Chinese academics based in the US publish in more prestigious journals and are more highly cited than their colleagues who have been lured back home through the nation’s Young Thousand Talents programme, but the differences are small, a new study says.
The paper, published in International Higher Education, compares the research performance of Chinese academics at research-intensive universities in the US and those who had been based abroad but returned to China through the national Young Thousand Talents programme in 2011 and 2012.
The scheme, established in 2011, is an initiative aimed at recruiting early and mid-career researchers from overseas, the majority of whom are Chinese expatriates. Around 4,000 researchers have been supported by the programme.
The study reveals that the two groups have a similar research output, with Chinese-based scholars publishing an average of 39 publications by 2018, compared to 39.4 for their US-based counterparts.
However, those based in the US outperform their colleagues who have returned to China on proxies for research quality.
The average citation count per publication for the Chinese-based scholars was 12.2, compared with 15.9 for the US-based researchers, while those recruited through the talent programme also “tend to publish in less prestigious journals”, according to the paper.
The research also finds an “evident decrease in international collaboration rate after their return to China”.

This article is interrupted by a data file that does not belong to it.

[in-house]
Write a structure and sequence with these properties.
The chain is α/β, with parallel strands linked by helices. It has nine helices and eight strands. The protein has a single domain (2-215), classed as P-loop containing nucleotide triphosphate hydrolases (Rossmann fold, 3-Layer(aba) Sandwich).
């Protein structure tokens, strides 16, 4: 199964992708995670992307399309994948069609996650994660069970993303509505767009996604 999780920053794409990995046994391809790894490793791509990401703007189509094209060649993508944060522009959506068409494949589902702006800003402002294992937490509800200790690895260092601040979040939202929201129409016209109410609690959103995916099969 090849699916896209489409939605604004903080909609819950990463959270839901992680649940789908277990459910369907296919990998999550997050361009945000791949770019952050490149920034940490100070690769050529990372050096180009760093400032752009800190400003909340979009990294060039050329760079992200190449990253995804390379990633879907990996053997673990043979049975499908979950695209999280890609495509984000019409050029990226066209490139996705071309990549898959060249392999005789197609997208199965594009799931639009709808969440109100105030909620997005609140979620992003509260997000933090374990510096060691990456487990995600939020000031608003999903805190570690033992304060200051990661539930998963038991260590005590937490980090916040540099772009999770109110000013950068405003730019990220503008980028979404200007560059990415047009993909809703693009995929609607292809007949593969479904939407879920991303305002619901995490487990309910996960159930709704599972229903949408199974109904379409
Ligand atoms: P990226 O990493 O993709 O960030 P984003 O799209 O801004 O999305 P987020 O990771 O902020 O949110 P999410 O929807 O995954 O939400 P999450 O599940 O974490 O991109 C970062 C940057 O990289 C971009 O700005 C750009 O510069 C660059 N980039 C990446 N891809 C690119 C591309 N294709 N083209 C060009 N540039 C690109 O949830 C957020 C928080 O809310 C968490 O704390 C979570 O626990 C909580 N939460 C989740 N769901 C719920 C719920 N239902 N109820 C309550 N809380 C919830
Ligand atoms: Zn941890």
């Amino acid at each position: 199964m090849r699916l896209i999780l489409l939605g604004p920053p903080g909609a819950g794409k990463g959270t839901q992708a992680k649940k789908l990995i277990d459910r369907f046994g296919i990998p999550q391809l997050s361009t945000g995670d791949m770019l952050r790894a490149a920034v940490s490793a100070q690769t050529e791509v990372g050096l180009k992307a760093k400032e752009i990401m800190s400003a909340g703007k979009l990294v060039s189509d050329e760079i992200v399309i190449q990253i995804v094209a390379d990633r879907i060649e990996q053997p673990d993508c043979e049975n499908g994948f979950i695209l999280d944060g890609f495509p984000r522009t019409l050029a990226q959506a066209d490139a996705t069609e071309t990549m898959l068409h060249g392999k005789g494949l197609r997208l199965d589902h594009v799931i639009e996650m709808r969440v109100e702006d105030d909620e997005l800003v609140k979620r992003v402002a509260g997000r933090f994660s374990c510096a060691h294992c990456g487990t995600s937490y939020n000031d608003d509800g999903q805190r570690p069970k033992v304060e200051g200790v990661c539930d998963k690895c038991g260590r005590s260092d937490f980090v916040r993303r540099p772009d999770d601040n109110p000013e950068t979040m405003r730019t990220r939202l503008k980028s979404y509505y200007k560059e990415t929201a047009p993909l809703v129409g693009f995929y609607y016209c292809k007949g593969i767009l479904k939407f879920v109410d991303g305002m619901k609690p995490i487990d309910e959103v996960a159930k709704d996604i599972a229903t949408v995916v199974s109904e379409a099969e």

Before going back to their homeland, 56 per cent of publications by those who later signed up to the Thousand Talents group involved international collaborations. But this dropped to 44.8 per cent after their recruitment under the scheme. In contrast, the US-based researchers maintained a high level of collaboration: 66.2 per cent before 2011 and 65.6 per cent afterwards.
The research was based on data on 546 researchers, 183 of whom were scholars who returned to China through the Young Thousand Talents programme and all of whom received their doctoral degrees in around 2006.
Lili Yang, a doctoral student at the University of Oxford’s Centre for Global Higher Education and co-author of the paper, said that the Chinese returnees may lag on indicators of research quality because “the research assessment system in China tends to pursue short-term goals” and the researchers themselves must adjust to working in a Chinese university.
However, she stressed that there were only “very slight differences” between the two groups.
Giulio Marini, a CGHE research associate at the UCL Institute of Education and co-author of the research, agreed. “China is offering almost the same research conditions as good American research-intensive universities,” he said.